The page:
Horace Cooper

While others bring similar enthusiasm and principle, now is not the time for on the job training. Rep. Boehner – one of the original architects of the Gingrich Revolution – can appreciate this reality. The fact is because there are only two years before the next election Republicans must hit the ground running. He’s a gifted communicator and has the political record to back up his statements.

Not one of those leaders who was “for reform, before he was against it,” Rep. Boehner is a man of principle: he has never voted for a highway spending bill in his entire career – not as a back bencher in the minority, not as a committee chairman, not even as a member of the House Republican leadership.

John Boehner has used his time in Congress to support conservative principles. As a junior member he eschewed the table scraps of permanent minority status and willingly took up the fight against Hillary Clinton’s nationalized health care scheme and President Clinton’s anti-home school initiative.

Recognizing early on that the GOP needed to offer a bold vision if the Republicans were to ever gain a majority, he worked with Newt Gingrich and Dick Armey to craft the “Contract With America” and after only four years in Congress had the privilege of becoming one of the most senior leaders in the House. And within the Republican leadership he was a reliable and able advocate of conservative principles including among others taking a lead role in the balanced budget fights of the early nineties and the revolutionary effort to bring market forces to American agriculture policy.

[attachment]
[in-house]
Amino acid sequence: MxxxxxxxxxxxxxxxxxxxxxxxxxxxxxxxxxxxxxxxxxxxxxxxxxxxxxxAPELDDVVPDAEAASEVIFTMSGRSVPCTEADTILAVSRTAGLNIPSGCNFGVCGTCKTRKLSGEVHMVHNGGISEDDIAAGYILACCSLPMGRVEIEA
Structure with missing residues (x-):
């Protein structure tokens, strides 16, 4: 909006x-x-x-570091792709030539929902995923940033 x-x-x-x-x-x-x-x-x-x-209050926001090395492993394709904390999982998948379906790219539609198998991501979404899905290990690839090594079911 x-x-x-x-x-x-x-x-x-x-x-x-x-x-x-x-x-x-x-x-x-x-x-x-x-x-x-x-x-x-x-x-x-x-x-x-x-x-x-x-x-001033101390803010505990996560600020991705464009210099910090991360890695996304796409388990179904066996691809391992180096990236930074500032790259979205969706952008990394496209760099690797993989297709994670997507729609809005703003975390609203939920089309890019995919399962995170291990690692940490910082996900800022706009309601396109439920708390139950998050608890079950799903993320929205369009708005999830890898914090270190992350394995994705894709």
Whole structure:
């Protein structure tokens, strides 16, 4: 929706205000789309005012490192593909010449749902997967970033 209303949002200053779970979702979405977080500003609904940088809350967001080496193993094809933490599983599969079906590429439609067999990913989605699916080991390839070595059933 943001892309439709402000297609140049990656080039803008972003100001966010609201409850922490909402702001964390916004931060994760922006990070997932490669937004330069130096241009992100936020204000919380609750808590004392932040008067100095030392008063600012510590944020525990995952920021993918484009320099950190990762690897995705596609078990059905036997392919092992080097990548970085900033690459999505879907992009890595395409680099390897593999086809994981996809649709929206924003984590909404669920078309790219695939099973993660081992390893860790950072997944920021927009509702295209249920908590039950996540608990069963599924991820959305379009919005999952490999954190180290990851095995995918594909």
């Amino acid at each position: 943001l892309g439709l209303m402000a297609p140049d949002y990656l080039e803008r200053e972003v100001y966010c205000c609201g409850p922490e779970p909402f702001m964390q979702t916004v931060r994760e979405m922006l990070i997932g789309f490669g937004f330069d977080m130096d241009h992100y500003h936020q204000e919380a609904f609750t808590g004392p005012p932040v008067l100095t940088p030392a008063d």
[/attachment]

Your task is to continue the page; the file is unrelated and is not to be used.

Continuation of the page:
While many thought his political career had peaked after losing his leadership race in 1998, Rep. Boehner continued with party building exercises and instead of souring, demonstrated his principled leadership of the Education and Workforce Committee. And last January, he was rewarded for his efforts by being given a second chance to serve his party—this time as Majority Leader. Why? Because he was the recognized reformer— because he was a renegade who understands that big ideas are the salvation for any political party.

Once again the party needs to make a critical choice. Republicans need a leader who won’t settle for minority status. They need a leader who can ably articulate conservative principles. They need a leader who has actually lived up to the ideals he advocates. They need John Boehner.

Horace Cooper

Horace Cooper is a legal commentator and a Senior Fellow with the Institute for Liberty.